This is, of course, no slur against marriage or the marital act. Rather, it is a recognition that, with sacred ordination, this man has been re-configured and totally consecrated as a public person to the duty of public worship. He is now completely a "man for others," as Pope John Paul II often said. For this reason, he gives up the great good of marital intimacy so as to be able to stand before God on behalf of the whole community.

Thomas Aquinas: Patron of Prophets

On Monday, March 8, the Church celebrated, in the extraordinary form of the Roman Rite, according to the traditional Roman calendar, the Feast of St. Thomas Aquinas. The feast was transferred this year from March 7 (the date of Thomas's death) due to that date's falling on the Third Sunday of Lent. As mandated by Pope Pius XI in Studiorum Ducem, in schools or seminaries, this feast is to be celebrated with great festivity (as a first-class feast). At one seminary, a private Solemn High Mass was organized and celebrated, with about 20 students and faculty in attendance. The following is the text of the sermon preached at that Mass.

On Thomas Aquinas (A panegyric for future and present ministerial prophets)

The images of salt and light, used by Our Lord in our Gospel today, are particularly apt descriptors for the savor and radiance of the doctrine and example of Thomas Aquinas. Above all other doctors, the Universal Doctor stands out as the chosen instrument of the Lord, providing, in the order of sacred doctrine, the purest salt for the earth and the most brilliant light for the world.

Sunday, March 7, 2010

Contrition and Confession

Fourth Sunday of Lent: Luke 15:1-3, 11-32

“His son said to him, ‘Father, I have sinned against heaven and against you; I no longer deserve to be called your son.’ [But his father said,] ‘Let us celebrate with a feast, because this son of mine was dead, and has come to life again; he was lost, and has been found.’”—By this we see that contrition must lead to confession of sin, which sin is forgiven by divine absolution.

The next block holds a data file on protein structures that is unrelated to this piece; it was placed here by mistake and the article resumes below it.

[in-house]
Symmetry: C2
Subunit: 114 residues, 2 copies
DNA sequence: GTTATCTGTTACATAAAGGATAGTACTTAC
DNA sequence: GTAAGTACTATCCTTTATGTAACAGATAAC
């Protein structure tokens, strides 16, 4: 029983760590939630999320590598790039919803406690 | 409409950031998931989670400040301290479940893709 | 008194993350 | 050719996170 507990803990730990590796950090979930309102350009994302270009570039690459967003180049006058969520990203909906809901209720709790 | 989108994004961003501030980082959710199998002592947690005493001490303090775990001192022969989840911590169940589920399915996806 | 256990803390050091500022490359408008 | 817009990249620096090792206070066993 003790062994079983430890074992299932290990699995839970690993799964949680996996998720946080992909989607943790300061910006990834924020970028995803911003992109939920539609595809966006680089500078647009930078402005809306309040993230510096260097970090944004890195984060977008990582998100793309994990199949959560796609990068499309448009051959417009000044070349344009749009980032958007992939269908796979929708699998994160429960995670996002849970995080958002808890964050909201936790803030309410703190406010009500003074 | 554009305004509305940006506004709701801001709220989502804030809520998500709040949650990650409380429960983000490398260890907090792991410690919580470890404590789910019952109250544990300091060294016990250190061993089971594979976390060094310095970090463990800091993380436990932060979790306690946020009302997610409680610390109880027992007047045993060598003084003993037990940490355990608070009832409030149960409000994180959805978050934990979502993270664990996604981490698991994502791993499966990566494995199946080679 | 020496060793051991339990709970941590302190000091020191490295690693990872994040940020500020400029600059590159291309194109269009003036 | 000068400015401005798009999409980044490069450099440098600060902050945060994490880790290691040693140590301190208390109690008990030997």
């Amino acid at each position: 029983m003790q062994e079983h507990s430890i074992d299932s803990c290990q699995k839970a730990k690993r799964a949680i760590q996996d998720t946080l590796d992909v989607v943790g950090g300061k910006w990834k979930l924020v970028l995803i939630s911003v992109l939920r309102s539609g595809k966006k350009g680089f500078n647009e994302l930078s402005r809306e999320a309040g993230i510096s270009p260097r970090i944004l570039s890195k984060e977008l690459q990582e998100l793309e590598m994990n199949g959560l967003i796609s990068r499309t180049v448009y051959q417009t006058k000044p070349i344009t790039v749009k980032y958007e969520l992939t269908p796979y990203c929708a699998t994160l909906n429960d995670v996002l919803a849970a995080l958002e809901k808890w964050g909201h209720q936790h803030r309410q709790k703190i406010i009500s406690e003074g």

Penance, as a sacrament, is composed of matter and form. The matter of this sacrament is nothing less than the contrition and confession of the penitent (sins being the remote matter). The form is the absolution granted by the priest (ST III, q.84, a.1, ad 2). We will consider the matter supplied by the penitent. In this regard, penance is twofold, external and internal. Internal penance is that by which one grieves for a sin one has committed. As man should always be displeased at having sinned, so man should experience some sorrow for his past sins throughout his whole life, even after they have been sacramentally absolved (ST III, q.84, a.8). This sorrow need not always be in act, but should at least be an habitual sorrow for sin and a resolve to avoid future sin (ST III, q.84, a.9). External penance is that by which a man shows external signs of sorrow for sin, confesses his sins to a priest and makes satisfaction (ST III, q.84, a.8).